I describe myself as an “early childhood enthusiast and playtime expert.” What does that mean? I support all things that promote growth, learning, and healthy habits for children from the start. I am completely invested in families and innovative ways of creating healthy and happy environments for children as they come into their own.
I have had quite the journey as an enthusiast. I’ve worked at museums, daycares, schools, and as a nanny for several years. All of this time and experience has taught me monumental lessons about early childhood and happy parenting.
Children and adults alike learn best through play, discovery and experience. And though the times of our society seem to have shifted in priorities, I want to help restore the power of play. Even if I find myself bumped up against the most stressful of situations, a quick go at the swings or a hula hoop break usually gets me back on track. Laughter when playing is a great stress reducer for grownups and an absolute MUST for children.
BREAK OUT THE BUBBLES.
Though play is for the most part a personal experience, grownup participation is appreciated and beneficial to everyone involved. As a grownup, I think the best you can do is learn about all the various parenting techniques, and then pick what works best for you and your family.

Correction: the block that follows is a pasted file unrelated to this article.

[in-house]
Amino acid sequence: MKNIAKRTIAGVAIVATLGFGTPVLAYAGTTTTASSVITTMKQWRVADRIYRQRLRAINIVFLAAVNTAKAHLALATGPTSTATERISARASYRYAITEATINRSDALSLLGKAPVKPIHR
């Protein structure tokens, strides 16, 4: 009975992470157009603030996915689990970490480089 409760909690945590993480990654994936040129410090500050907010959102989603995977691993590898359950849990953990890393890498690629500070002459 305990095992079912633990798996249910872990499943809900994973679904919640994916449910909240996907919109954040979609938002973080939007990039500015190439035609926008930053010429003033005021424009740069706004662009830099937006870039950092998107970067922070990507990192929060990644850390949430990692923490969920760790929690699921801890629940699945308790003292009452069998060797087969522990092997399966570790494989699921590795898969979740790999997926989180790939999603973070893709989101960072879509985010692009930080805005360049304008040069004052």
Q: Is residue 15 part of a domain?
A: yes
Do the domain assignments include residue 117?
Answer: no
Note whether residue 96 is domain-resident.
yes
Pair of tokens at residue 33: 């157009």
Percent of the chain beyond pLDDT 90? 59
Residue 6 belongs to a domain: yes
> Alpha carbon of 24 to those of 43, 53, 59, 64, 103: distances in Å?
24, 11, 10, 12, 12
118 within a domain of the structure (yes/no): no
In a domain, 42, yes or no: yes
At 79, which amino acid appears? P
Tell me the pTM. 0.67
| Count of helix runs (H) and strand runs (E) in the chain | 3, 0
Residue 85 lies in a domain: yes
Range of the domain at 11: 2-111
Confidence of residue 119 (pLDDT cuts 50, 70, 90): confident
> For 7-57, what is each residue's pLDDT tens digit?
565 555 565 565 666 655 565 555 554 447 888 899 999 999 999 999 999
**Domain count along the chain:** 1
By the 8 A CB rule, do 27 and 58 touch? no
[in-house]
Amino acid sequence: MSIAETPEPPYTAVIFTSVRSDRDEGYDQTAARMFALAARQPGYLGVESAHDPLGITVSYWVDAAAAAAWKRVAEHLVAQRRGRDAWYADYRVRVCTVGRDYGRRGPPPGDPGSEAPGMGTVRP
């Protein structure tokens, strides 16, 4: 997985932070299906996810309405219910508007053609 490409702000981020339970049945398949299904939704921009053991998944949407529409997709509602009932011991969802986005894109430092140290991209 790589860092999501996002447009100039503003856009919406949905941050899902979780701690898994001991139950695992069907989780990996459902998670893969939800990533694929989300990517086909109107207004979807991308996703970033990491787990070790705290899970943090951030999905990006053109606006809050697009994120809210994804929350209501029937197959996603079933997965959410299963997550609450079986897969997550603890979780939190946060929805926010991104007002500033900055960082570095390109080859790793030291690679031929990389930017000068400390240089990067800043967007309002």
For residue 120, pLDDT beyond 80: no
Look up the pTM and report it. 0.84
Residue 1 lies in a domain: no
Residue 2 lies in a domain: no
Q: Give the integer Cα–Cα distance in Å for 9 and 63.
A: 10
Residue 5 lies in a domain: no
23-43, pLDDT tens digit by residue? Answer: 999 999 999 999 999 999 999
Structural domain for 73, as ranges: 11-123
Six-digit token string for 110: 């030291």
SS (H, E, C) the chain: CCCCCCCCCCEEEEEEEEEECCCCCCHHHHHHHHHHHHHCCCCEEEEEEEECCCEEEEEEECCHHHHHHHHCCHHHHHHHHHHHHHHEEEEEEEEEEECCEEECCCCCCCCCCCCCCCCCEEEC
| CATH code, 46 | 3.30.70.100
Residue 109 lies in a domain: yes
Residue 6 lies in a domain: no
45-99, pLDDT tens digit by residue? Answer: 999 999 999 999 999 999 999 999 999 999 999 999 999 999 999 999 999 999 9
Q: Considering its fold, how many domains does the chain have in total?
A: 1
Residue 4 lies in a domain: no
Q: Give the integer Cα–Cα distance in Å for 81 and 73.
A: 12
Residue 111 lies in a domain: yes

What you say is important, but ultimately your children are paying attention to what you do.
The best play is usually unplanned and outdoors in nature. Bring a magnifying glass. Growing up or being around animals teaches us about love and community. Hugs are always appreciated. The best art projects are usually when the focus is on the process as opposed to the product. Messy art projects are even better. I think it’s safe to assume that everything we (grownups and children alike) get involved in is an ongoing project. We never truly get it done and you really do learn something new every day. In knowing that, it makes it easier to relax at playtime.
The cardboard box is still the most essential toy your child can have in fostering their imagination. I use my cardboard boxes as bookcases. You can make some pretty awesome artwork and games with recycled goods, on top of preserving the environment. Bring an improv craft bag. Sing when you want, laugh as much as you can and move. Get moving.
Email: ashley @ myplaywithashley.com